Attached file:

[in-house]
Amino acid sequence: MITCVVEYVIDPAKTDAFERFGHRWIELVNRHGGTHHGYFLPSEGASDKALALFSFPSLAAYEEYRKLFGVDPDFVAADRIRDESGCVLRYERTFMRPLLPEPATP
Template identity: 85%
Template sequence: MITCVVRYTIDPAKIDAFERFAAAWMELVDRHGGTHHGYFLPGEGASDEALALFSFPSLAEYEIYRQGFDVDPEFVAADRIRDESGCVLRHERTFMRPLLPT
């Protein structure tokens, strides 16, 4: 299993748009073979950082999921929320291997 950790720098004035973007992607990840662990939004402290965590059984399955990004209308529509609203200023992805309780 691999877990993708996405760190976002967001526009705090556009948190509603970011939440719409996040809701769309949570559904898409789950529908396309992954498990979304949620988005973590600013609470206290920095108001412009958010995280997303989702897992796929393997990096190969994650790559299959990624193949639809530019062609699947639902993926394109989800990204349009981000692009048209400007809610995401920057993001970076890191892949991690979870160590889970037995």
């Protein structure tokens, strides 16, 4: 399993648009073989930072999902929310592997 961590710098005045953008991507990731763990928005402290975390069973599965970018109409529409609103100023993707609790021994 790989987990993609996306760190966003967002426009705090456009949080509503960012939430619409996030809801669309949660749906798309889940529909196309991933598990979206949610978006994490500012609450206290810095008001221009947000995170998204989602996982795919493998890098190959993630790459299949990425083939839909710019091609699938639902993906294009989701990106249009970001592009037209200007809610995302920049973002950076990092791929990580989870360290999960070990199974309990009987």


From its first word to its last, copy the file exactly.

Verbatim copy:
[in-house]
Amino acid sequence: MITCVVEYVIDPAKTDAFERFGHRWIELVNRHGGTHHGYFLPSEGASDKALALFSFPSLAAYEEYRKLFGVDPDFVAADRIRDESGCVLRYERTFMRPLLPEPATP
Template identity: 85%
Template sequence: MITCVVRYTIDPAKIDAFERFAAAWMELVDRHGGTHHGYFLPGEGASDEALALFSFPSLAEYEIYRQGFDVDPEFVAADRIRDESGCVLRHERTFMRPLLPT
């Protein structure tokens, strides 16, 4: 299993748009073979950082999921929320291997 950790720098004035973007992607990840662990939004402290965590059984399955990004209308529509609203200023992805309780 691999877990993708996405760190976002967001526009705090556009948190509603970011939440719409996040809701769309949570559904898409789950529908396309992954498990979304949620988005973590600013609470206290920095108001412009958010995280997303989702897992796929393997990096190969994650790559299959990624193949639809530019062609699947639902993926394109989800990204349009981000692009048209400007809610995401920057993001970076890191892949991690979870160590889970037995």
């Protein structure tokens, strides 16, 4: 399993648009073989930072999902929310592997 961590710098005045953008991507990731763990928005402290975390069973599965970018109409529409609103100023993707609790021994 790989987990993609996306760190966003967002426009705090456009949080509503960012939430619409996030809801669309949660749906798309889940529909196309991933598990979206949610978006994490500012609450206290810095008001221009947000995170998204989602996982795919493998890098190959993630790459299949990425083939839909710019091609699938639902993906294009989701990106249009970001592009037209200007809610995302920049973002950076990092791929990580989870360290999960070990199974309990009987």